These differences seem large to me – in fact, at times seemed insurmountable. However, in terms of civic mindedness and attitudes towards government, British citizens may have a greater tolerance for and willingness to participate in government mandates than in the U.S. While they don’t have a choice – the meter rollout is a mandate, the fact is that mandates for a good reason are likely to be more acceptable.

The U.K. rollout, however, faces several challenges. The use of estimated bills and “invisible” meters appears to make consumer education almost more important here as the education gap is greater, though an end to estimated bills is considered as a smart meter benefit.  With estimated bills, however, the U.K. consumer rarely if ever encounters “bill shock” at month’s end as U.S. consumers sometimes do, and, currently, has little incentive to manage electricity use and assess the results. Indoor meters mean that one strong argument in the U.S. for meter safety – that the meters are mounted outside on a metal shield – is lacking in the U.K. It appeared that little consumer research has been done, though our meetings confirmed that such work is in planning.

One retailer,
E.on UK (8 million electricity and gas accounts), has begun offering smart meters on a voluntary basis as a competitive advantage, touting its service and choice in energy programs – but uptake has been slow. The cost of the new meters will be rolled into monthly electric bills over time.

Our delegation’s meetings with stakeholders in London established that there is strong interest in learning any applicable lessons and best practices we could offer. That was a heartening realization: despite the challenges we face and the uneven record of U.S. power stakeholders in educating and engaging consumers, we have conducted valuable research and can cite numerous, effective outreach programs.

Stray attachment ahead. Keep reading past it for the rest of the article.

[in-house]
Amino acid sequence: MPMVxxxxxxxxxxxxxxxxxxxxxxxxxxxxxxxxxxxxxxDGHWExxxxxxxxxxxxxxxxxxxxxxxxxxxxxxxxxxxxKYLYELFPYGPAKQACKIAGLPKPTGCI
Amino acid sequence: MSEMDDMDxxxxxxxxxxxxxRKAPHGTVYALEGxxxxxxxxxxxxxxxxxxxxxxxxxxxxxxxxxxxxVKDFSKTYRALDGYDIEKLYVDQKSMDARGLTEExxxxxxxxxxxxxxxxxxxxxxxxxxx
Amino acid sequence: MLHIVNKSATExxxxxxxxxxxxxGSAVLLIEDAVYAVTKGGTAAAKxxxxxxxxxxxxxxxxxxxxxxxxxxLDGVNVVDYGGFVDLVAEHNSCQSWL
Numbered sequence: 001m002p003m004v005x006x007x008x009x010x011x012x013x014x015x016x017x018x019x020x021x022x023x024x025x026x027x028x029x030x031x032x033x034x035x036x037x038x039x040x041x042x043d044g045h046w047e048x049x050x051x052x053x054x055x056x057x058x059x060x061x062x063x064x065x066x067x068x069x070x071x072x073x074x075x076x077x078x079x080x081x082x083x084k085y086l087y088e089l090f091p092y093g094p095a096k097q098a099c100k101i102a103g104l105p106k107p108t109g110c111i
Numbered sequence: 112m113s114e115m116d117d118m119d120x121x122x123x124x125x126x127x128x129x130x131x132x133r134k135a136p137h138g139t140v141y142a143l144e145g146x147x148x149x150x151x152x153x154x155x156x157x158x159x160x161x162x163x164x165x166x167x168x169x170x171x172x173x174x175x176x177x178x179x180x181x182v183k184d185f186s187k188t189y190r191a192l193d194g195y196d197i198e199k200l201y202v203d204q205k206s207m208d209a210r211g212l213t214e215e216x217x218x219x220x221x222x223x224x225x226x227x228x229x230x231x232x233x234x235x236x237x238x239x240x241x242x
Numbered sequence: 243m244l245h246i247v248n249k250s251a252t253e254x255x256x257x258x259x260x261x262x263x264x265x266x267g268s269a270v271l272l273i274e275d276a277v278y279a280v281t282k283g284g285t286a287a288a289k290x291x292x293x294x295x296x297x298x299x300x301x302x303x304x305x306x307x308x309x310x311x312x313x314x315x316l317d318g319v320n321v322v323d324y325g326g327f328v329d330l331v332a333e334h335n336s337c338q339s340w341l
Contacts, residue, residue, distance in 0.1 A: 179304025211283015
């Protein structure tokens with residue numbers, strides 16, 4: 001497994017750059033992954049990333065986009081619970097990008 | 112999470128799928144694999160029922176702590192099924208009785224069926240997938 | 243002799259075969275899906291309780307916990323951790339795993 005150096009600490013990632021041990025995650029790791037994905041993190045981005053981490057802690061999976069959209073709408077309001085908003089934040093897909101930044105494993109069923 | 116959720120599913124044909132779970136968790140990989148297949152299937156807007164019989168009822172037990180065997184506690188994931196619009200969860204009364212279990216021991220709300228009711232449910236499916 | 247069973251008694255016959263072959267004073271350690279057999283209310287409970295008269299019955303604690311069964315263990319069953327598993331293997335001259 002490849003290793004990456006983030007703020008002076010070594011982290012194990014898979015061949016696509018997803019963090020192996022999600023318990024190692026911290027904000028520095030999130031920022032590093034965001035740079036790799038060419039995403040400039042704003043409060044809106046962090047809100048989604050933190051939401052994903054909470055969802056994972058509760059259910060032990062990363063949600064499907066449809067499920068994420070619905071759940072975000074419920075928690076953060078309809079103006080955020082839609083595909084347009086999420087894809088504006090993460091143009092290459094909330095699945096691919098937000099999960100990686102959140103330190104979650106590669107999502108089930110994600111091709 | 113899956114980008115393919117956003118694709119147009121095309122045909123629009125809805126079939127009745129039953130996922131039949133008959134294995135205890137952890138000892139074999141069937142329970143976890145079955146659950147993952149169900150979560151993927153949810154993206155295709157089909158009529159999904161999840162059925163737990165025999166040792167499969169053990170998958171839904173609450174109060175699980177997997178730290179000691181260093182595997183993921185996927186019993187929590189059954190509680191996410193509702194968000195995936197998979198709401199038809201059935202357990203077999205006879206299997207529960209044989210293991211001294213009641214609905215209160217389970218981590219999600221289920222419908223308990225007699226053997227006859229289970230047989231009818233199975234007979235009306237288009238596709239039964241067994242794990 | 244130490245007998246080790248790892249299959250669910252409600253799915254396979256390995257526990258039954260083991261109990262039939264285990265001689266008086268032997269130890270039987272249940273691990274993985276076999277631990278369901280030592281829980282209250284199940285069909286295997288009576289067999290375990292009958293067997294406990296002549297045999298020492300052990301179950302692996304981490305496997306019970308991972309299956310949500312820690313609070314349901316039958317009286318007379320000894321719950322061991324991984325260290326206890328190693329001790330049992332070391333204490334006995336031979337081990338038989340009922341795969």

My role included presenting our current
“Consumer Engagement Success Stories” report (detailed in past blogs and on the SGCC website) that documented four exemplary utility programs, the seven common steps they employed as best practices and our customer segmentation studies. Lisa Magnuson, senior director of marketing and brand programs at Silver Spring Networks, described the recent launch of PowerOverEnergy.org by a coalition (including SSN and SGCC) to promote energy literacy. And Barbara Leary with Florida Power & Light, detailed how FPL has tackled the challenge with its Energy Smart Florida campaign.

I am proud and was pleased to offer the benefit of our work and experience here in the U.S. to our colleagues “across the pond.” But the sobering truth is that, while we’ve defined and, in some cases, met our own challenges, we have a ways to go, on both sides of the ocean. 

Monday, April 1, 2013

Smart Meters and the Fourth Amendment

By Patty Durand, executive director, SGCC

I attended GreenTech Media’s Networked Grid event on March 20-21, northwest of Los Angeles, where an incident occurred that may require the power industry’s attention. (Of course, the conference overall was informative and constructive.)

At an evening reception on March 19, I chatted with a woman who asked me about health and safety risks from smart meters and cited the Fourth Amendment in the Bill of Rights, which guards against unreasonable search and seizure.